I made this bra because I wanted something to wear under my white/sheer clothing without show-through. I know that nude is actually a better color for that, but white was what I had on hand and I didn’t want to experiment with dying just yet. Of course, once I started trying to wear the bra – of course it showed through like CRAZY. Duh! I realized that it wasn’t going to get worn at all the way it was (if I’m gonna wear something that doesn’t require a nude bra, then I’m gonna wear a bra that’s a fun color because come on), so I knew it needed a good dye. I’d received a good tip on Instagram to dye the bra with tea for a nice beige-y color – brilliant! I steeped some very strong black tea (English Breakfast, if you must know), let it cool a bit and then dumped the whole bra in to soak for about 30 minutes.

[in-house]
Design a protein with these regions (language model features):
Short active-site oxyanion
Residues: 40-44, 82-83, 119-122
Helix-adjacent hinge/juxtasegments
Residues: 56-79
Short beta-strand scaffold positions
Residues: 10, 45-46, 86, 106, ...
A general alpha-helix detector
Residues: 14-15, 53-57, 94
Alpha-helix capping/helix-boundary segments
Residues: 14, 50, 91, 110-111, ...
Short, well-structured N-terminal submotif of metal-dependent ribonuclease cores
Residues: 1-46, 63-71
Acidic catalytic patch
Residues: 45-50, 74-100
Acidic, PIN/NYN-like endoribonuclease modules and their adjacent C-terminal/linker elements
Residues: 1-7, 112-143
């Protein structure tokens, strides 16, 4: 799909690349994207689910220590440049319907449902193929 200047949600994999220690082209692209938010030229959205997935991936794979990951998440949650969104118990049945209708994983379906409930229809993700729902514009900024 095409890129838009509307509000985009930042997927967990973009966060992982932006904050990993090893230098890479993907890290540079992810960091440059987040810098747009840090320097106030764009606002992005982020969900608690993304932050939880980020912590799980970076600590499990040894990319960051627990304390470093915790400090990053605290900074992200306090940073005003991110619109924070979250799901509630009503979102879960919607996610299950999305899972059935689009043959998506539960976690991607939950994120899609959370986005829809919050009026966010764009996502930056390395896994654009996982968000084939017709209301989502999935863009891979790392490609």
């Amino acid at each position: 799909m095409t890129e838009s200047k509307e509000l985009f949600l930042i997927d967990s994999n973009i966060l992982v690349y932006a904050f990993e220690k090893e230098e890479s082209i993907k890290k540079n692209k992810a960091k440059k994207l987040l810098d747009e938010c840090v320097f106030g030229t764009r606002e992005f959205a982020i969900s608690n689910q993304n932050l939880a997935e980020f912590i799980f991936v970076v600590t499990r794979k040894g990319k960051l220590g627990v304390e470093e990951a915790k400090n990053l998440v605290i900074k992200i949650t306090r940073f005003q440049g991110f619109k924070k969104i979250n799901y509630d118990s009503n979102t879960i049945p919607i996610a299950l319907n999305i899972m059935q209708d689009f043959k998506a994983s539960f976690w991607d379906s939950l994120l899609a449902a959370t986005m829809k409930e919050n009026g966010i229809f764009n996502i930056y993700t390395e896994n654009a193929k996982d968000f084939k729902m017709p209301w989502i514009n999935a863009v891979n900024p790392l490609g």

White Lace Marlborough Bra - dyed with tea

Floral Lace Marlborough Bra

The final color is something much closer to that of my skin. I know I’m pale, but I’m not literally white ;) I was curious to see how well the tea-dye would hold up with a wash – and it’s actually stuck around! I wash my lingerie with Soak, which is nice and gentle and also doesn’t require rinsing (yay!). I figured if the color faded that I’d just re-dye it (I mean, it is just tea after all), but it’s actually not faded at all. Sweet!

The second bra for this post is my floral wild-card and Mood Sewing Network project for the month of June…

Floral Lace Marlborough Bra